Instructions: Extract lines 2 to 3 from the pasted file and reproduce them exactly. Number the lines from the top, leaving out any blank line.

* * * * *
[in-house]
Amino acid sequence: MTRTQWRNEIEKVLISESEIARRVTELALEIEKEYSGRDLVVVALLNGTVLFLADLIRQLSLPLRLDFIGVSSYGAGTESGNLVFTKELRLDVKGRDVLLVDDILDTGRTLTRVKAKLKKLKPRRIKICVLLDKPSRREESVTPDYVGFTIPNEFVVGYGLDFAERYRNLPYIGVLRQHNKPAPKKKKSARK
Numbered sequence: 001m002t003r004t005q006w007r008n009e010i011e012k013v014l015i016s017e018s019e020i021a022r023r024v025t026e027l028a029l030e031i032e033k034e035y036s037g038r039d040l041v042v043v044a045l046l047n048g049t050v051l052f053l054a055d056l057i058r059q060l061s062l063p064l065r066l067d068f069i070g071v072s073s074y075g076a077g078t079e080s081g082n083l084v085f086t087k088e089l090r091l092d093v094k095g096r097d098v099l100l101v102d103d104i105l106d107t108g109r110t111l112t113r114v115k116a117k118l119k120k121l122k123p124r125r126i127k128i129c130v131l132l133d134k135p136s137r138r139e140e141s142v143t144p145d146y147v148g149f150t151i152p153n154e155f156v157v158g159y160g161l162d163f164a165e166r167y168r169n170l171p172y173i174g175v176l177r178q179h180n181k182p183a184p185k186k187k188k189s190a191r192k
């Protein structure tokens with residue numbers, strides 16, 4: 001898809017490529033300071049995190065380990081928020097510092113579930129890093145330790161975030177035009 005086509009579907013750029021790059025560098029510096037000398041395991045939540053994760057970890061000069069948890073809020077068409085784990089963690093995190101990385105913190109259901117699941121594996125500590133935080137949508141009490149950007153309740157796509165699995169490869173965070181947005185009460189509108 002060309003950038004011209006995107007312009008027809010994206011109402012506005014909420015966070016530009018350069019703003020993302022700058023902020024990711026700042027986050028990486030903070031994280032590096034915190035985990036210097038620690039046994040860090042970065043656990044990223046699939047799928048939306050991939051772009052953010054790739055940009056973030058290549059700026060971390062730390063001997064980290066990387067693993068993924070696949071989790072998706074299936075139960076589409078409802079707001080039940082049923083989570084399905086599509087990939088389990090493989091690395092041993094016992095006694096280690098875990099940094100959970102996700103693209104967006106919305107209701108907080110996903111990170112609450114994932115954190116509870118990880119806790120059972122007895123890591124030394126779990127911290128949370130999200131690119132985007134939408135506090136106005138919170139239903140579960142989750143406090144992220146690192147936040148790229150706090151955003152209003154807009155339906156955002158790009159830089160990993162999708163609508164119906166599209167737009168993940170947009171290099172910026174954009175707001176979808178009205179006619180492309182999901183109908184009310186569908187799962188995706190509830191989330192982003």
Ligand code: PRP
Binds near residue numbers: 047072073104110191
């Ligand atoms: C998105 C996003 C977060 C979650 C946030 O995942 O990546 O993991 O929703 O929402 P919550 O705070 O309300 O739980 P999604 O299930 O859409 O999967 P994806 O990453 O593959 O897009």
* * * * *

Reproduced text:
Amino acid sequence: MTRTQWRNEIEKVLISESEIARRVTELALEIEKEYSGRDLVVVALLNGTVLFLADLIRQLSLPLRLDFIGVSSYGAGTESGNLVFTKELRLDVKGRDVLLVDDILDTGRTLTRVKAKLKKLKPRRIKICVLLDKPSRREESVTPDYVGFTIPNEFVVGYGLDFAERYRNLPYIGVLRQHNKPAPKKKKSARK
Numbered sequence: 001m002t003r004t005q006w007r008n009e010i011e012k013v014l015i016s017e018s019e020i021a022r023r024v025t026e027l028a029l030e031i032e033k034e035y036s037g038r039d040l041v042v043v044a045l046l047n048g049t050v051l052f053l054a055d056l057i058r059q060l061s062l063p064l065r066l067d068f069i070g071v072s073s074y075g076a077g078t079e080s081g082n083l084v085f086t087k088e089l090r091l092d093v094k095g096r097d098v099l100l101v102d103d104i105l106d107t108g109r110t111l112t113r114v115k116a117k118l119k120k121l122k123p124r125r126i127k128i129c130v131l132l133d134k135p136s137r138r139e140e141s142v143t144p145d146y147v148g149f150t151i152p153n154e155f156v157v158g159y160g161l162d163f164a165e166r167y168r169n170l171p172y173i174g175v176l177r178q179h180n181k182p183a184p185k186k187k188k189s190a191r192k